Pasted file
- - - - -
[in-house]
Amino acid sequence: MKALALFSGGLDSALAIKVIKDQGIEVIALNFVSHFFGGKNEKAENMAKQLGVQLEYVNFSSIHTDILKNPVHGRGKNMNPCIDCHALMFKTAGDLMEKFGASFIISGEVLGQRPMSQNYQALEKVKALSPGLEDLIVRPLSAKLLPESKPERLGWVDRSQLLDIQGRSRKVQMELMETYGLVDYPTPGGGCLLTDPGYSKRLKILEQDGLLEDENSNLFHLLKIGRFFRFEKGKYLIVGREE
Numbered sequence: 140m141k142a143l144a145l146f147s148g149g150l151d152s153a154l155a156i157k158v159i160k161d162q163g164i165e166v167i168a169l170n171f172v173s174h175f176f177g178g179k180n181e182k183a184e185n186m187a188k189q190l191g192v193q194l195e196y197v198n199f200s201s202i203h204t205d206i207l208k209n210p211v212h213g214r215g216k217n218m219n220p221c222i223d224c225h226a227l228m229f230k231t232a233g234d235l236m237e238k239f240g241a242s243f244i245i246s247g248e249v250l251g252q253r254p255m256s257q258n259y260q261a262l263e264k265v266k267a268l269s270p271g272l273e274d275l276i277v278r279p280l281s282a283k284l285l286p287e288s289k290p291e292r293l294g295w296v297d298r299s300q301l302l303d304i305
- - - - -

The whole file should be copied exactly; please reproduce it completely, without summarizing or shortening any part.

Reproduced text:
[in-house]
Amino acid sequence: MKALALFSGGLDSALAIKVIKDQGIEVIALNFVSHFFGGKNEKAENMAKQLGVQLEYVNFSSIHTDILKNPVHGRGKNMNPCIDCHALMFKTAGDLMEKFGASFIISGEVLGQRPMSQNYQALEKVKALSPGLEDLIVRPLSAKLLPESKPERLGWVDRSQLLDIQGRSRKVQMELMETYGLVDYPTPGGGCLLTDPGYSKRLKILEQDGLLEDENSNLFHLLKIGRFFRFEKGKYLIVGREE
Numbered sequence: 140m141k142a143l144a145l146f147s148g149g150l151d152s153a154l155a156i157k158v159i160k161d162q163g164i165e166v167i168a169l170n171f172v173s174h175f176f177g178g179k180n181e182k183a184e185n186m187a188k189q190l191g192v193q194l195e196y197v198n199f200s201s202i203h204t205d206i207l208k209n210p211v212h213g214r215g216k217n218m219n220p221c222i223d224c225h226a227l228m229f230k231t232a233g234d235l236m237e238k239f240g241a242s243f244i245i246s247g248e249v250l251g252q253r254p255m256s257q258n259y260q261a262l263e264k265v266k267a268l269s270p271g272l273e274d275l276i277v278r279p280l281s282a283k284l285l286p287e288s289k290p291e292r293l294g295w296v297d298r299s300q301l302l303d304i305